|Publication number||US2002844 A|
|Publication date||May 28, 1935|
|Filing date||Oct 31, 1932|
|Priority date||Oct 31, 1932|
|Publication number||US 2002844 A, US 2002844A, US-A-2002844, US2002844 A, US2002844A|
|Inventors||Gourgues Aceves Julius, Valentine Amy Ernest|
|Original Assignee||Amy Aceves & King Inc|
|Export Citation||BiBTeX, EndNote, RefMan|
|Referenced by (9), Classifications (13)|
|External Links: USPTO, USPTO Assignment, Espacenet|
May 28, 1935;
J. ACEVES ET AL RADIO RECEIVING SYSTEM Filed Oct 31, 1932 'Flai RADIO;
RECEIVER RAI FIG.3
INVE TORS Ewes) V. A
ATTORNEY Patented May 28, 1935 RADIO RECEIVING SYSTEM Julius Gourgues Aceves and Ernest Valentine Amy, New York, N. Y., assignors to Amy, Aceves & King, Inc., New York, N. Y., a corporation of New York Application October 31, 1932, Serial No. 640,374
This invention relates to radio receiving systems and more particularly to a system for protecting a radio receiver against extraneous electrical disturbances, such for instance as those commonly referred to as man made static, and is an improvement upon the system disclosed in our copendlng United States applications, Serial Numbers 411,435, filed December 3, 1929, 628,142, filed August 10, 1932, and 634,774, filed September 21, 1932; now respectively Patents 1,976,910, issued October 16, 1934, 1,920,162, issued July 25, 1933, and 1,938,092, issued December 5, 1933.
In the operation of radio receiving apparatus,
7 and more especially of the modern type of high gain multi-stage amplifiers, it has been found that the receiver is very sensitive to electrical disturbances in the immediate neighborhood, such for example as interference from the operation of electric motors used in operating elevators, vacuum cleaners, washing machines, re-'- frigerators, oil burners and the like, and it has been found that in many cases such interference is picked up to a very substantial extent, if not entirely, by the lead-in or down-lead used to connect the antenna to the radio receiver.
It has been found that a very considerable improvement in the performance of such receivers in respect of decreased interference from such sources, may be obtained by enclosing the downlead or a substantial portion of it within a grounded metallic container such as a metallic conduit, sheath or covering connected to and maintained at ground potential.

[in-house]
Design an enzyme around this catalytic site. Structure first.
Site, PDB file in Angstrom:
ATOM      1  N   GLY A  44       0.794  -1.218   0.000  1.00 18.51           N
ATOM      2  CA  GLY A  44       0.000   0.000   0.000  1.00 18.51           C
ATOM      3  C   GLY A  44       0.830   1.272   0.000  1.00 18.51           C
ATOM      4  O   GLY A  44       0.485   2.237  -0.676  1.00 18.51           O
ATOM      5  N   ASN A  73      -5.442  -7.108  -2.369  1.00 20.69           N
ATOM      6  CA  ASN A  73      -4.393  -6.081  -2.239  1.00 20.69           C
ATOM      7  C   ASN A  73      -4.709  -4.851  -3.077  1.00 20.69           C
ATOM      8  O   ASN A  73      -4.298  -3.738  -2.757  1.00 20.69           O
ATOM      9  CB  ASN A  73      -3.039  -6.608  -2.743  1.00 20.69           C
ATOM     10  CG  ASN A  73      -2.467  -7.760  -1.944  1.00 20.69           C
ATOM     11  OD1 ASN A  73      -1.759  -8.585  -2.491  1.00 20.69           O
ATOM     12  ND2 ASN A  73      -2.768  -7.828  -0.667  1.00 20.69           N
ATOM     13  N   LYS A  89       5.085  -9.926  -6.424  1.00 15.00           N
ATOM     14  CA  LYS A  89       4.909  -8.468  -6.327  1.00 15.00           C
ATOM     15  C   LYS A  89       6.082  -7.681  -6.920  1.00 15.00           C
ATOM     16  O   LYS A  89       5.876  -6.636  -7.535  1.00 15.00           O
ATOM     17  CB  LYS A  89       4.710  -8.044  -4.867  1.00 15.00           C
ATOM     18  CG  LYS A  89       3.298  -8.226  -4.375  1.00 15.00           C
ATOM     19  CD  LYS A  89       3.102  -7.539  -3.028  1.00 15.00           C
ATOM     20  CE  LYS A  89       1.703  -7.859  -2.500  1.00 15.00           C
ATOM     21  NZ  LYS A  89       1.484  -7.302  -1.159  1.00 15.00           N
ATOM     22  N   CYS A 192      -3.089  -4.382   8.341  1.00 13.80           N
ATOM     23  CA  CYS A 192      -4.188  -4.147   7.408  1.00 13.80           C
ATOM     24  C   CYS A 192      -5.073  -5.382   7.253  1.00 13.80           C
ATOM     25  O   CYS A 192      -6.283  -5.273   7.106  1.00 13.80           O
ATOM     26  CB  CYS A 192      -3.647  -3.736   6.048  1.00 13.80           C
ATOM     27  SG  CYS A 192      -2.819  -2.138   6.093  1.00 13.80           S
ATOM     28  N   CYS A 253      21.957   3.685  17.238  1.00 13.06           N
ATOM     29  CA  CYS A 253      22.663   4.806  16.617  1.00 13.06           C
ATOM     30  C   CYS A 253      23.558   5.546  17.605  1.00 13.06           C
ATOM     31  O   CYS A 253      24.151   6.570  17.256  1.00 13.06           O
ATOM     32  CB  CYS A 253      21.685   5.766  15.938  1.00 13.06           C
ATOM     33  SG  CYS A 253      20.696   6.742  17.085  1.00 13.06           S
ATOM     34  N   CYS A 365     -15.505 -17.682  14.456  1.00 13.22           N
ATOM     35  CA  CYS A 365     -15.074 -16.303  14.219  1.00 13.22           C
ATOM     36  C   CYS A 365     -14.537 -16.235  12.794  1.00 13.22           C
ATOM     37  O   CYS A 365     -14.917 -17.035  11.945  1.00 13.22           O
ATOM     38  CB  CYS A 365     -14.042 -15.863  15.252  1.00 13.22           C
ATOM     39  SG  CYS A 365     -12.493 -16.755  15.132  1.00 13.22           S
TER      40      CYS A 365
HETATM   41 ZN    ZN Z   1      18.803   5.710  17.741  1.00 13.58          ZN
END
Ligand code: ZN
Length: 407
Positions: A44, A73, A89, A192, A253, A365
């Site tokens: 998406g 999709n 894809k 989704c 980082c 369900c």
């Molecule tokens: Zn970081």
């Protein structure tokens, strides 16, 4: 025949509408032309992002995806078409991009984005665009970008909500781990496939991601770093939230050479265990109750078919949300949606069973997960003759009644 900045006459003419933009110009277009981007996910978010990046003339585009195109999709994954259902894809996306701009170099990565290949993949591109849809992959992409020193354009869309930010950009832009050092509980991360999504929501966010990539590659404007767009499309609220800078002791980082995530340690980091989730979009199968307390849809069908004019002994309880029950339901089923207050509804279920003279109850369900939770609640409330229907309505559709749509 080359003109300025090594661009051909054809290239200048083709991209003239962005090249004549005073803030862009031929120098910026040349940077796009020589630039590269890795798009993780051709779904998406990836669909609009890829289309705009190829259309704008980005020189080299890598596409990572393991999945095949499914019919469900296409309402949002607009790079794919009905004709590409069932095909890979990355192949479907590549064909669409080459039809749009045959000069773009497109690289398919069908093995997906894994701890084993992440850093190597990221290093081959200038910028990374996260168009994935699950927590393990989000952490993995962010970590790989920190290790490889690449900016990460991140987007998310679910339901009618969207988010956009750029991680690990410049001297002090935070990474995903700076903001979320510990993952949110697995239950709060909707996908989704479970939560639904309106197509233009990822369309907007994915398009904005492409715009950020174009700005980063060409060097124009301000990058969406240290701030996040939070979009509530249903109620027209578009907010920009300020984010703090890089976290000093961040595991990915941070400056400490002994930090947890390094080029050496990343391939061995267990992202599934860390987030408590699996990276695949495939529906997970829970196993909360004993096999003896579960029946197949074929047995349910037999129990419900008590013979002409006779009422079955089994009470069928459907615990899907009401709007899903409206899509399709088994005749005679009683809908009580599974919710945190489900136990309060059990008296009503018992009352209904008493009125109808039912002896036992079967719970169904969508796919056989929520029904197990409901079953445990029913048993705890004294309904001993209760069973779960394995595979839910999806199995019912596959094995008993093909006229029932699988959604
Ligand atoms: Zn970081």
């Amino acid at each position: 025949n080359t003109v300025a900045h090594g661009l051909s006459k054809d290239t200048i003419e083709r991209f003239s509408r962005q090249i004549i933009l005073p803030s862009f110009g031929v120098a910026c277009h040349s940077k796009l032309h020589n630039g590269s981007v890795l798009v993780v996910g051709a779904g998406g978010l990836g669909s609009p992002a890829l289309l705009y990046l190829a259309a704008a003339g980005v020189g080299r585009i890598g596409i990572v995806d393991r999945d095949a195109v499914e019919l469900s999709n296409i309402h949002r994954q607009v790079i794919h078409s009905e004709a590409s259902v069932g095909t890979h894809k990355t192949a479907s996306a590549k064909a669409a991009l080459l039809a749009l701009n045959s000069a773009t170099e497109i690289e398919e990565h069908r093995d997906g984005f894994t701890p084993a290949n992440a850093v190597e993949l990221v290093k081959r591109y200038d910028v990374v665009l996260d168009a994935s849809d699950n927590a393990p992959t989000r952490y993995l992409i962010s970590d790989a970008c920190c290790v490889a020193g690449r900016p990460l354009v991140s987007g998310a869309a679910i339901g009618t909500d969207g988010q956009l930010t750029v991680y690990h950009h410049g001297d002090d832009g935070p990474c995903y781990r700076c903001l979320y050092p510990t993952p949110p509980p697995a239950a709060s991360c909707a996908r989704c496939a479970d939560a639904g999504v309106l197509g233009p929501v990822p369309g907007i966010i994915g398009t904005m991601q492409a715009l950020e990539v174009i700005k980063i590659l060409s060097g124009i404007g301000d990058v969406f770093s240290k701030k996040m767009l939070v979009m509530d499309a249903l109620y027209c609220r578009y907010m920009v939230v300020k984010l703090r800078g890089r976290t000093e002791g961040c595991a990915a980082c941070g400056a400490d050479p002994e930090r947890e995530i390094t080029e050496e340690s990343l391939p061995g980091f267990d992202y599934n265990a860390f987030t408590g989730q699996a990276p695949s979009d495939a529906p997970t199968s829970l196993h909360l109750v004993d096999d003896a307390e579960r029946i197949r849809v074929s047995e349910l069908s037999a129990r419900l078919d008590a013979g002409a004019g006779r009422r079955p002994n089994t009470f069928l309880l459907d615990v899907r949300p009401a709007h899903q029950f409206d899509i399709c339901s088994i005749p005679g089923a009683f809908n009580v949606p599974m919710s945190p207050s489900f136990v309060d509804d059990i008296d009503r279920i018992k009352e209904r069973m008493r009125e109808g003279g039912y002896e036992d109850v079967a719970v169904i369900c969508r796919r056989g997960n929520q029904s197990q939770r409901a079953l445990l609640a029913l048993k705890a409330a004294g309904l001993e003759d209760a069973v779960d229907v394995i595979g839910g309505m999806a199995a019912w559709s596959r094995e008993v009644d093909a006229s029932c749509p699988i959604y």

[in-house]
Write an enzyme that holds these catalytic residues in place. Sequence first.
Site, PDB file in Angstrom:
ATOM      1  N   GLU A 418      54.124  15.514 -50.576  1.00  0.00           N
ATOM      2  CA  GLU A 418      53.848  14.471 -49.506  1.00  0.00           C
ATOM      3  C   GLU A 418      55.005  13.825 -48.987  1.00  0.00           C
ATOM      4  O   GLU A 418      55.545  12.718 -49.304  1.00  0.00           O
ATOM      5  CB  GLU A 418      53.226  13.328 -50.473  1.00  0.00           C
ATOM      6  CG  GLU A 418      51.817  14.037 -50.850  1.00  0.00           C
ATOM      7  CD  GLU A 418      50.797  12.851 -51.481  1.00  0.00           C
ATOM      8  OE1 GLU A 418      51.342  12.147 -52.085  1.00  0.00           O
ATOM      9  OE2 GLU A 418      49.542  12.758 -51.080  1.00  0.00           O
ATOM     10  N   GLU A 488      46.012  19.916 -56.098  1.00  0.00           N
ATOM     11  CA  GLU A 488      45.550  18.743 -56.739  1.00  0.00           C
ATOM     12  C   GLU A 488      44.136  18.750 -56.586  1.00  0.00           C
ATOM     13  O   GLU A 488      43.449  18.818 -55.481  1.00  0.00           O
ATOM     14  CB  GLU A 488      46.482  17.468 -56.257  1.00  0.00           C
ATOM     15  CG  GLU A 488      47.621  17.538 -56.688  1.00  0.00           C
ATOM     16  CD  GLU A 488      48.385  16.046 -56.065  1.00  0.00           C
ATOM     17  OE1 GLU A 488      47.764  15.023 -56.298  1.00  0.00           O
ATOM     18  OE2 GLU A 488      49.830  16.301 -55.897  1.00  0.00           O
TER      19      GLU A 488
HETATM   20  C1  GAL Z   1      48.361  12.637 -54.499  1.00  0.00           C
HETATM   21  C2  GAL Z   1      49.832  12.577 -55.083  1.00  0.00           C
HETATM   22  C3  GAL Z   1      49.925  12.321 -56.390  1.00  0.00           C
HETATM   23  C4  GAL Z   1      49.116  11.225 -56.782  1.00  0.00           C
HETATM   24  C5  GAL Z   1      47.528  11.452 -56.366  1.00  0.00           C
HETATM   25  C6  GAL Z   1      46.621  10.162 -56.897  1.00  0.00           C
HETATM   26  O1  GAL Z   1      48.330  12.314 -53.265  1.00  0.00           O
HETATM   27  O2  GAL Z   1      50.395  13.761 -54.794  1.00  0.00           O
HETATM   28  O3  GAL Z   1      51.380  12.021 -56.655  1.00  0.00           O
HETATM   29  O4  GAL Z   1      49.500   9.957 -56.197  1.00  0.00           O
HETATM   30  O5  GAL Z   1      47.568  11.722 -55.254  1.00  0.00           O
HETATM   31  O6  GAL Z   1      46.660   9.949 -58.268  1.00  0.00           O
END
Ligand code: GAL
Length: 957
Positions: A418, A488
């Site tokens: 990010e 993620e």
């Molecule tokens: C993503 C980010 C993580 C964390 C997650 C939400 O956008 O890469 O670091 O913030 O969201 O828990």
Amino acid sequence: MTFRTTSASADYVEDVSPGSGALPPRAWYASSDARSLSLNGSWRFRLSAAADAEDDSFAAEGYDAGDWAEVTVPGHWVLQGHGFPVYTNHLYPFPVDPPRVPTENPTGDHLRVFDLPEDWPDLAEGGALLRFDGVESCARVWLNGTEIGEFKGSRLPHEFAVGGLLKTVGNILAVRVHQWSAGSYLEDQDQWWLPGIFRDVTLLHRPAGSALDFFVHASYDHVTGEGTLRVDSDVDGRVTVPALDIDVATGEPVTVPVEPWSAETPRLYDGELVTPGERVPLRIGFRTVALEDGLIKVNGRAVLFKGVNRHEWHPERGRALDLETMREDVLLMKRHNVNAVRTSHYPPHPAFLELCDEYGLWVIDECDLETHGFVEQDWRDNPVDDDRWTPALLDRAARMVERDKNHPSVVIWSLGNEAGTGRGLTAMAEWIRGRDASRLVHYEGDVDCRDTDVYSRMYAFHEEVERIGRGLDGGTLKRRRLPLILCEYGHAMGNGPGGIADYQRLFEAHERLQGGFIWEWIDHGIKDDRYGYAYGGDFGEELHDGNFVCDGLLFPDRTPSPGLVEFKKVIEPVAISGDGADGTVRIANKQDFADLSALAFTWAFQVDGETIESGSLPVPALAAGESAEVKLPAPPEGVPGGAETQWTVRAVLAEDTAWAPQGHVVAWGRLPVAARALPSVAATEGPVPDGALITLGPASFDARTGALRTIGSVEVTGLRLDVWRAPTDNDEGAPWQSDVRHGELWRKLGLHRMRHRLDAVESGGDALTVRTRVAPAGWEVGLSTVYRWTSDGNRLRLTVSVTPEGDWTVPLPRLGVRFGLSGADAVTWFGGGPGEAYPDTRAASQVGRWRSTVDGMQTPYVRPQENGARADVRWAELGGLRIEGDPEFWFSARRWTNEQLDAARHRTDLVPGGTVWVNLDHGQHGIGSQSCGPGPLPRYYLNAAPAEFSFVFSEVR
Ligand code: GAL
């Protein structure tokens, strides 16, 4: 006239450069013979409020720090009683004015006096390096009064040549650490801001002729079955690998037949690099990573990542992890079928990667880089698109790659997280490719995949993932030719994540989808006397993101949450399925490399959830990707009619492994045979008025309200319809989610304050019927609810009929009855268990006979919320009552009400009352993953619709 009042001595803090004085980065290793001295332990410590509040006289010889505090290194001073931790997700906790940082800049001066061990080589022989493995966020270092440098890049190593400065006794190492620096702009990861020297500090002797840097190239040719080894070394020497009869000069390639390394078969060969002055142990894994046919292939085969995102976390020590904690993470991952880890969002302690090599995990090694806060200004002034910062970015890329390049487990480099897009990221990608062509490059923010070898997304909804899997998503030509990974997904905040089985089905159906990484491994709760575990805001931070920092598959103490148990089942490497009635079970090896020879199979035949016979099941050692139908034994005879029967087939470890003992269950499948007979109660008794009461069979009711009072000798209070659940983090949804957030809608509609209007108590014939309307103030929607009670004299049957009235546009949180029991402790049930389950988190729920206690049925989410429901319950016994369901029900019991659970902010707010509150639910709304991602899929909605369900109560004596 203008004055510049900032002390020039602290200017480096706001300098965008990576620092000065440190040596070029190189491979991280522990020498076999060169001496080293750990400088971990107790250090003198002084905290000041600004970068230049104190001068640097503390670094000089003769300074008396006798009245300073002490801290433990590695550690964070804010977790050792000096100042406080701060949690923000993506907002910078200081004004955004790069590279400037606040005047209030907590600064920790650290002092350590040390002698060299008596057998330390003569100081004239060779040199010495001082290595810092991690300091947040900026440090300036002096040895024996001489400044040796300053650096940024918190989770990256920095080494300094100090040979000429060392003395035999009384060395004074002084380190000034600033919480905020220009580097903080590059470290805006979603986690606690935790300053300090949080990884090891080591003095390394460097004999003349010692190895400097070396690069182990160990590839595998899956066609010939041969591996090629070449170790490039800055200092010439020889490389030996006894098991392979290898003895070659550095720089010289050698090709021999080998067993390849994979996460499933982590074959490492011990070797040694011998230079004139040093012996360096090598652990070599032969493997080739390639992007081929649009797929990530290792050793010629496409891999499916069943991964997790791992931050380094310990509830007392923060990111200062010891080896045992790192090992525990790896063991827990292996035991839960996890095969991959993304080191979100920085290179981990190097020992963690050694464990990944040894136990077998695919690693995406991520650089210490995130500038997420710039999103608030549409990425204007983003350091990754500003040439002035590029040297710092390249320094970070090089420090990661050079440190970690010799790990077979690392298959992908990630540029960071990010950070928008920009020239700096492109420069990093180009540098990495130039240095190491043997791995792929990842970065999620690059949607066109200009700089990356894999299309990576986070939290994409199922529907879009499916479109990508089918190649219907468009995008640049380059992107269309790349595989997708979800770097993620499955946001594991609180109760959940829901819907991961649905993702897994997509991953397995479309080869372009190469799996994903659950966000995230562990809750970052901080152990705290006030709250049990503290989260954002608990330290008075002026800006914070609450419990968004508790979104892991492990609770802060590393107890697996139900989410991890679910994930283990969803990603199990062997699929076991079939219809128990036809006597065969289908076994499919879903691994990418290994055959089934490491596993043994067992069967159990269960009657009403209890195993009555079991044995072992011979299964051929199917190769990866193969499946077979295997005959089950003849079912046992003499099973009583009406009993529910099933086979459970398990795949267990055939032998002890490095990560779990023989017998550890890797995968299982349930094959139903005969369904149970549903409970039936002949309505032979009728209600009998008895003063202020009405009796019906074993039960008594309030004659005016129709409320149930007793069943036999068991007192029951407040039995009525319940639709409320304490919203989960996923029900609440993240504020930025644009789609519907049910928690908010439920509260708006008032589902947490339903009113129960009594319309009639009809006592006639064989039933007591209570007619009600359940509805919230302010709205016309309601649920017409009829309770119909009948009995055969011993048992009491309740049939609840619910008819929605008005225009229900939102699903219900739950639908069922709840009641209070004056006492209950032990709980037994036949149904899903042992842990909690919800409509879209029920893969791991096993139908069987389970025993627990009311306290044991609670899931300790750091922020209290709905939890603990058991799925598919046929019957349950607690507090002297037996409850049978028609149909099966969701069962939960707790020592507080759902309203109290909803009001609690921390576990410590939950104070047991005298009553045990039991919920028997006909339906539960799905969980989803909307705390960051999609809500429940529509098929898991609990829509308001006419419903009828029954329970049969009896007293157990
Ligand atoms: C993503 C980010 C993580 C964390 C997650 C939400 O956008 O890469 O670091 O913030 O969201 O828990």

We have found that the enclosing or shielding of the down-lead within a shielding conductor as described may seriously impair the efliciency or performance of the receiver to the extent that the interchange of energy between the antenna and the receiving set is -seriously interfered with as a result of changes in the constants of the down-lead and associated apparatus due to its enclosure within a shielded conductor.
We have found that it is possible to overcome this drawback and tomaintain a very eflicient transfer of received energy from the antenna to the radio receiver, provided the system be arranged in certain respects as will be hereinafter pointed out in accordance with our invention.
It is an object of our invention to provide a system and apparatus of the class described which shall protect the radio receiver against inter ference of the type above mentioned, without sacrificing efficient transfer of energy from the antenna to the receiver.
It is a further object of our invention to pro- It is a further object of this invention to provide a transformer or coupling unit which may be interposed between the end of the own-lead and the input of the receiver, to mate the impedances of the down-lead and the receiver.
It is a further object of this invention to provide such a transformer or coupling unit having taps or connections adapted to match the impedances of various types of radio receivers.
It is a further object of our invention to provide a system and apparatus which will operate satisfactorily, for the purposes described, not only on the present broadcast spectrum, but also for short waves.
Still other objects and advantages of our invention will be apparent from the specification.
The features of novelty which we believe to be characteristic of our invention are set forth with particularity in the appended claims. Our invention itself, however, both as to ,its fundamental principles and as to its particular embodimentswill best be understood by reference to the specification and accompanying drawing,